Food for thought as crowds flock to cultural delights of Cork

Food for thought as crowds flock to cultural delights of Cork
George Kamau, Wilton enjoying Cork County Culture Night at County Hall.Picture Darragh Kane

MORE than 200 events took place across 100 venues yesterday to showcase the best of Cork culture. 

Culture Night 2017 attracted thousands of people to landmark buildings and venues all across the city and county. 

The English Market welcomed, entertained and fed hundreds of people as Ireland's oldest market was transformed for a night of traditional music and jazz.

The bands included Bochtán and Torcán and The Market Traders provide visitors with the best of local food and drink. 

Manager of The English Market Órla Lannin said: “This event has proved to be a huge success and grows year on year. The atmosphere in here last night was electric and we are thrilled to welcome customers and guests of all ages who came and enjoyed wonderful food, the live music and even a bit of dancing. Myself and all the traders look forward to this event every year and are delighted that this year we drew such a big crowd yet again."

Trading since 1788 the renowned food market plays an important part of food culture in Cork, with an emphasis on fresh, local, produce as well as traditional Cork foods, while providing an array of international produce.

Head of The Traders Committee John Boyling added: “Culture Night is huge for us and for the people of Cork and it’s great for the whole community to come together for such a joyous occasion."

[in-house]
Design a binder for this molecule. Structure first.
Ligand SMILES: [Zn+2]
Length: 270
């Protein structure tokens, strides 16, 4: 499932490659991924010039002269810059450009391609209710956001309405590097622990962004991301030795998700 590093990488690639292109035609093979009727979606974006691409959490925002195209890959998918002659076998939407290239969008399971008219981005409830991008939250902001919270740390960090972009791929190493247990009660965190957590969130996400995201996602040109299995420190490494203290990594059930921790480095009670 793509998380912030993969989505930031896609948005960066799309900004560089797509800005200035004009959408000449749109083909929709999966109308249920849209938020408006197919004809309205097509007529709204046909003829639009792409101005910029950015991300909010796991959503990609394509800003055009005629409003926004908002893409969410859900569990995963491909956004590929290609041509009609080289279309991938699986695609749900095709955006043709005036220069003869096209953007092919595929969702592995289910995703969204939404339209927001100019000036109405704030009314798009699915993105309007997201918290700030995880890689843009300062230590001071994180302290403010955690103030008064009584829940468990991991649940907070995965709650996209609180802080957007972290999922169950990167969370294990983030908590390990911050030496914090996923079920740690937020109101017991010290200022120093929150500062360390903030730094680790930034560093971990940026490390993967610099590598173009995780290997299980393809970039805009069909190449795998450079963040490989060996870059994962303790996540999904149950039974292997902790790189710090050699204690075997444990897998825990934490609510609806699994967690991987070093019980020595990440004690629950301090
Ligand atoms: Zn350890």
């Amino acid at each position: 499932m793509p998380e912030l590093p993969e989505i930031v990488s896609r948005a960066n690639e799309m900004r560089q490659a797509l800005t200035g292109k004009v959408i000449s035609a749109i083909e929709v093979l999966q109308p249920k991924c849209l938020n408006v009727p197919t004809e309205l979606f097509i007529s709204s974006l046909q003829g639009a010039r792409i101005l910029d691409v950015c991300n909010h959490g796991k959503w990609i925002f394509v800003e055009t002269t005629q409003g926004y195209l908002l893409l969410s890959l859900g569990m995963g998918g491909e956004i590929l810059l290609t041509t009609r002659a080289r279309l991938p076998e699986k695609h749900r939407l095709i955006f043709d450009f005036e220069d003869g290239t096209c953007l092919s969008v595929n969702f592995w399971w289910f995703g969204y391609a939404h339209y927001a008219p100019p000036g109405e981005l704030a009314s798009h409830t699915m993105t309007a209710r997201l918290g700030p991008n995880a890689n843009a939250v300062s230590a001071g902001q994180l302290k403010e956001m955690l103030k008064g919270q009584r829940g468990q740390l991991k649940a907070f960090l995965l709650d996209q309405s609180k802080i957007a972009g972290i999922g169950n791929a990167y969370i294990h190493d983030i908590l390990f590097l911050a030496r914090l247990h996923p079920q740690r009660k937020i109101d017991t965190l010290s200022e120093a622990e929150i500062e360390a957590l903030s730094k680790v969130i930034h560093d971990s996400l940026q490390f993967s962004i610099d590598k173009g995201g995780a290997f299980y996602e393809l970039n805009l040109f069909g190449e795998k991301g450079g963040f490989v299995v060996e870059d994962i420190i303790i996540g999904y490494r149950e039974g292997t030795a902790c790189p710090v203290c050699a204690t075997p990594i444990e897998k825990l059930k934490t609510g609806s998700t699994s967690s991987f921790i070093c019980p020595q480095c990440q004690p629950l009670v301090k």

Nano Nagle Place also hosted a range of range of activities yesterday evening, including some old-fashioned arts and crafts activities for kids, an evening of Contemporary Cork Poets presented by The Munster Literature Centre, as well as entertainment for famous duo Simon MacHale and Annette Buckley (The Electronic Folk) who performed in the Goldie Chapel, built in 1865.

The evening finished with a multi-media drama entitled Fear an Rothair, based on writings of the Bicycle Men who went around Ireland teaching Irish over 100 years ago.

Programme Manager at Nano Nagle Place Dr Danielle O’Donovan said: “Nano Nagle Place is such an amazing venue and centres around a wonderful story of a woman who helped so many people. The heritage centre celebrates history and culture and so hosting some Culture Night celebrations was something we were really looking forward to doing as it seemed like the perfect fit. We have had a superb turnout and it’s great to see so many people exploring this amazing place and enjoying themselves and having fun. I fantastic day had by all."

Nano Nagle Place, is so named as it is the iconic birthplace of the Presentation Congregation, founded by Ireland’s first global social entrepreneur Nano Nagle, celebrating her vision of empowerment through education, community inclusion and spiritual engagement for a contemporary world.

The complex now houses an impressive heritage centre, 3.5 acres of tranquil gardens, Nano Nagle’s tomb, a garden café (opening later this year), a gift shop, community facilities, a small resident community of sisters, and the beautifully regenerated convent buildings which are home to countless historical archives dating back to 1779 and several educational charities.

North Main Street had a special Young Offenders theme to Culture Night, a tribute to the hit movie filmed in Cork. 

The Young Offenders film was a massive hit nationally and internationally when it was released in 2016.

It took €1.3 million at the box office and notched up a host of award nominations and wins.

The events culminated with a free screening of the movie at the Gate Cinema.


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